?
Solved

Any difference between Primary DNS Suffix and Connection Specfic DNS Suffix

Posted on 2010-11-21
5
Medium Priority
?
875 Views
Last Modified: 2012-05-10
As I understand Primary DNS Suffix is Domain Name  ?? ( am I right )

How about Connection Specific DNS Suffix ?? -- Question (1)  

How about just " DNS Suffix " ??

Taking example : the domain name ( or primary DNS suffix ) is ABC.local
                            How about just " DNS Suffix "  ?  -- Question (2 )

                            How about "Parent Suffix of the Primary DNS Suffix ?? - Question (3)

Thanks .
0
Comment
Question by:kcn
[X]
Welcome to Experts Exchange

Add your voice to the tech community where 5M+ people just like you are talking about what matters.

  • Help others & share knowledge
  • Earn cash & points
  • Learn & ask questions
  • 2
  • 2
5 Comments
 
LVL 20

Accepted Solution

by:
edster9999 earned 668 total points
ID: 34182967
A DNS suffix is the 'rest of the web address' for a company that uses local names.
For example we are running a big company called example.com
We have broken the company into US.EXAMPLE.COM and EU.EXAMPLE.COM for our american and Europenan offices.

A domain suffix would be 'Example.com' so if youur machine is called KCN then you could set up windows to add the domain suffix of EXAMPLE.COM so your machines full name becomes KCN.EXAMPLE.COM

Connection specific domain suffixes are given out by DHCP when you get your IP off that server.  If you are in the european office and get a local domain you can also be given a connection specific suffix like EU.EXAMPLE.COM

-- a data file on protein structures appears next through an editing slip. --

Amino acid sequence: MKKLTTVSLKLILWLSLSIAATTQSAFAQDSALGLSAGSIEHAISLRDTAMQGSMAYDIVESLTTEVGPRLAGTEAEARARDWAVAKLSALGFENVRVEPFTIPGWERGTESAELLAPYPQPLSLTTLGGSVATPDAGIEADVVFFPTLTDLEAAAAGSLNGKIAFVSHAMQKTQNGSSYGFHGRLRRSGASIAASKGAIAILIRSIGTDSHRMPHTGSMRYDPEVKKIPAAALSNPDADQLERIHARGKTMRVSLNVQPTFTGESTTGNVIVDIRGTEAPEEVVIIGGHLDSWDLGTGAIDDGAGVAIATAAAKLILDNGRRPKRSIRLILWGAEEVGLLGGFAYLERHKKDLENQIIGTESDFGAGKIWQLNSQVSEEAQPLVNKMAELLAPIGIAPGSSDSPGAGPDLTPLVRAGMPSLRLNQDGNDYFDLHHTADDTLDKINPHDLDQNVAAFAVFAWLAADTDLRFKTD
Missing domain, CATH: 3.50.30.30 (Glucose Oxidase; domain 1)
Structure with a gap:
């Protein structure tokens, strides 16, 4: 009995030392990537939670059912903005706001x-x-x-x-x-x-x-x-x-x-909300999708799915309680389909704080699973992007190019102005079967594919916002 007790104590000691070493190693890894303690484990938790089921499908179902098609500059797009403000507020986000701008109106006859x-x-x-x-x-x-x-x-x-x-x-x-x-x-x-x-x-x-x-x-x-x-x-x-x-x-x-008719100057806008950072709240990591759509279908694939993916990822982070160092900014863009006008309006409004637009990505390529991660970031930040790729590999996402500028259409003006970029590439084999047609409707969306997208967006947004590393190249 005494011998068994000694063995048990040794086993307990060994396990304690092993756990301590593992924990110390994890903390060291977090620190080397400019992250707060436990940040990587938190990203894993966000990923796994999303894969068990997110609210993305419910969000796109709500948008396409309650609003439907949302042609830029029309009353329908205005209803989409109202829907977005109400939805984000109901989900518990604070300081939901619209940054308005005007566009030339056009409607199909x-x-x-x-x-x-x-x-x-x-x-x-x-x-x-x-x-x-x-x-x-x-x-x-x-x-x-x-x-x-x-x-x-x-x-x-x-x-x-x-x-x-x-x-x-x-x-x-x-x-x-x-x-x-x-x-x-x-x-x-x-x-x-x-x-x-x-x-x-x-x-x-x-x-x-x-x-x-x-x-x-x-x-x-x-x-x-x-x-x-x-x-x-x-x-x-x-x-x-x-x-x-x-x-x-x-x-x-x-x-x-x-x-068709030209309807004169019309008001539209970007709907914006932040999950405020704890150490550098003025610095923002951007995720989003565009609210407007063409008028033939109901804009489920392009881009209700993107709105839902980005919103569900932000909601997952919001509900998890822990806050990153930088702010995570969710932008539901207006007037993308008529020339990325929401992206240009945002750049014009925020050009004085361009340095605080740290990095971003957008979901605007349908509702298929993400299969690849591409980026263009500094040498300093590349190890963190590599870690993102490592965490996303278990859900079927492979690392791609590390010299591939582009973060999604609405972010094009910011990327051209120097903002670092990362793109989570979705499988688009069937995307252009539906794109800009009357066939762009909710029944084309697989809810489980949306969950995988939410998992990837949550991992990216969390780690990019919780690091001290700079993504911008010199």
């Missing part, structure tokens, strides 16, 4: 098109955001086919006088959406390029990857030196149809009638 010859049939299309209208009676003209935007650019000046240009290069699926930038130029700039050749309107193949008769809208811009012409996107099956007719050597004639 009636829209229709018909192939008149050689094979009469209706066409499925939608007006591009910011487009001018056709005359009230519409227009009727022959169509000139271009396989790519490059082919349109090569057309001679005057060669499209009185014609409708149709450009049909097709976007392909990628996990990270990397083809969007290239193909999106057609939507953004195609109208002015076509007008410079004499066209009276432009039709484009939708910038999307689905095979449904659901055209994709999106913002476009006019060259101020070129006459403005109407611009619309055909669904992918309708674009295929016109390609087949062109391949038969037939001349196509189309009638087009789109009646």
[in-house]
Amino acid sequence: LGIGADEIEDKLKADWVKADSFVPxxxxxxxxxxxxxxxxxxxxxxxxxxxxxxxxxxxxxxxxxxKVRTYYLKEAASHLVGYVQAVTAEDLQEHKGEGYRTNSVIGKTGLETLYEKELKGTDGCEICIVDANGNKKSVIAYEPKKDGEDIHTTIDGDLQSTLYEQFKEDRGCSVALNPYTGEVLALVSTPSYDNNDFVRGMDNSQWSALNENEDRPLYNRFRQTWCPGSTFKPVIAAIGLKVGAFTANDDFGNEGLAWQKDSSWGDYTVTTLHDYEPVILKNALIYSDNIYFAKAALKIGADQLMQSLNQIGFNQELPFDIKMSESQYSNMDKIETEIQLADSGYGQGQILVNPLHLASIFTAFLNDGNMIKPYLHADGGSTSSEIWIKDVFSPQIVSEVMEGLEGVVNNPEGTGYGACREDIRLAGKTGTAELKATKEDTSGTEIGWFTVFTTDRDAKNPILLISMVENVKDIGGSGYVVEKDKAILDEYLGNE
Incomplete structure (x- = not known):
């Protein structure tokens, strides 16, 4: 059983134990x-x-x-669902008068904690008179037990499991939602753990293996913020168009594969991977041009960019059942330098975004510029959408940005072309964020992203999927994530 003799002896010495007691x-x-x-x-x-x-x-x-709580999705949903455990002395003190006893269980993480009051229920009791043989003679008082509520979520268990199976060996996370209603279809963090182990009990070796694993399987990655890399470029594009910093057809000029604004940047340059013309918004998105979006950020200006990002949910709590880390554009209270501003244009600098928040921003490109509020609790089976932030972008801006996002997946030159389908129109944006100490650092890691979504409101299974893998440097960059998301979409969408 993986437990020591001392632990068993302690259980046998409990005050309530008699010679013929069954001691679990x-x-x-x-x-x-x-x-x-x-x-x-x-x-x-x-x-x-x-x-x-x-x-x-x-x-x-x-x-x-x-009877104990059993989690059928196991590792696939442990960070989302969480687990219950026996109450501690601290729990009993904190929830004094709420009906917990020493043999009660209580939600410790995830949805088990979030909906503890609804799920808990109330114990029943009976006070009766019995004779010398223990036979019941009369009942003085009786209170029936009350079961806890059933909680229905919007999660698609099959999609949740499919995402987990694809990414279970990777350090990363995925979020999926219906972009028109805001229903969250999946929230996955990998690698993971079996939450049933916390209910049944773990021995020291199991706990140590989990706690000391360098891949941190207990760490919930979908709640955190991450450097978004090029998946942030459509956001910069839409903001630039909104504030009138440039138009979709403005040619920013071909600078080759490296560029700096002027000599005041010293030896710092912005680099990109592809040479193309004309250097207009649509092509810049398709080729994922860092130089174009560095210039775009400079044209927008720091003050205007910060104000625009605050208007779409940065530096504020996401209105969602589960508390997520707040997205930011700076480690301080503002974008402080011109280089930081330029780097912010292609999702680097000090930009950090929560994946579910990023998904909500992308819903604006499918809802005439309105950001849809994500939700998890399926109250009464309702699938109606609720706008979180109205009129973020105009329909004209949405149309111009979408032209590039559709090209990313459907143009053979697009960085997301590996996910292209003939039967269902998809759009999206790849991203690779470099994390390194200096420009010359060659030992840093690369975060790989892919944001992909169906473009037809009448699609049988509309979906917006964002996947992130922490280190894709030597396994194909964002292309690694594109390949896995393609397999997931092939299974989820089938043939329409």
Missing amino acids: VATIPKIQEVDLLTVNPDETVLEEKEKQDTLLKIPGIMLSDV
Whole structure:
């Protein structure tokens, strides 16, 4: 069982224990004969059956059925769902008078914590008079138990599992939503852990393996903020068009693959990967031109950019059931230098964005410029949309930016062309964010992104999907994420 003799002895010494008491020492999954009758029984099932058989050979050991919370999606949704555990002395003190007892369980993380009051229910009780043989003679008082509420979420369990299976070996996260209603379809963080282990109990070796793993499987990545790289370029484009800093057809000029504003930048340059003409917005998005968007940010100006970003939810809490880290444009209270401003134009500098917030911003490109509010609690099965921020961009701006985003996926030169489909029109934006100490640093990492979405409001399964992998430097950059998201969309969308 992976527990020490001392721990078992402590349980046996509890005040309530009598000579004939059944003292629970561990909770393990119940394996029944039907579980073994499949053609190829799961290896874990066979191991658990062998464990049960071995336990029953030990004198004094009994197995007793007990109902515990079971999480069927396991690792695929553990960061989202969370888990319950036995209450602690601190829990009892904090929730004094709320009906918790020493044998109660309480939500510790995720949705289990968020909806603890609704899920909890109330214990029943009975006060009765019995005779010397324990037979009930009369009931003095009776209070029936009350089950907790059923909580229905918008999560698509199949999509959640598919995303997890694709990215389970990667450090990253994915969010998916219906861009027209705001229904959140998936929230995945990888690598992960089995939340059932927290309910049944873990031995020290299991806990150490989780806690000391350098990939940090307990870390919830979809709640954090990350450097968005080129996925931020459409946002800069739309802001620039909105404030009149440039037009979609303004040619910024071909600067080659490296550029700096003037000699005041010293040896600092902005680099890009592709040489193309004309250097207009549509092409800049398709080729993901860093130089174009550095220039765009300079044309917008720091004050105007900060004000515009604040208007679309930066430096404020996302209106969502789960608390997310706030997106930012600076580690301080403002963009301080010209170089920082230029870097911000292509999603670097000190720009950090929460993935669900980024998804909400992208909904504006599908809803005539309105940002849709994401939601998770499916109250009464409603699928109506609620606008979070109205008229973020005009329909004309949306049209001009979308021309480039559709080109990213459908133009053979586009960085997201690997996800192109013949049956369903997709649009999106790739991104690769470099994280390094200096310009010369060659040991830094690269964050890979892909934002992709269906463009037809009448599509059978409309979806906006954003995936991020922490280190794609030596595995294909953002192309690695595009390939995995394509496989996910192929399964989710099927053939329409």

which would make your machine KCN.EU.EXAMPLE.COM

Your main suffix is still valid.  You can ping both.
The connection specific one doesn't have to be the same domain.  It could be :
KCN.EUROOFFICE.COM
0
 

Author Comment

by:kcn
ID: 34183158
Thank you . Allmost very clear to me .

But need to know the following "words" for what it meant ??

In the TCP/IP Properties > Advanced button > DNS Tab >

(1) There are "Parent Suffix of the Primary DNS Suffix " what is that meant ??
(2) So the Primary DNS Suffix is EXAMPLE.COM ?? Am I right ?   ( corret / wrong )
(3) If my computer IP is 192.168.1.55 . When I ping  " KCN.EXAMPLE.COM "   
      and "KCN.EU.EXAMPLE>COM"  , I will ping to the SAME address ( 192.168.1.55 ) ??    
     (correct/wrong)

0
 
LVL 71

Assisted Solution

by:Chris Dent
Chris Dent earned 1332 total points
ID: 34187357

1. If you have a name like this:

computer.aname.bname.cname.com

Then the DNS Suffix Search List will include each of these (even if they are not explicitly written down):

aname.bname.cname.com
bname.cname.com
cname.com

com is not included as it is a single label-name, each of the rest represent the valid parent suffixes.

Note that example.com has no *valid* parent suffixes to add to a search list.

2. If your internal domain name is abc.local then your Primary DNS Suffix is typically abc.local. If you are not operating in a domain environment the Primary DNS Suffix is arbitrary (anything you please).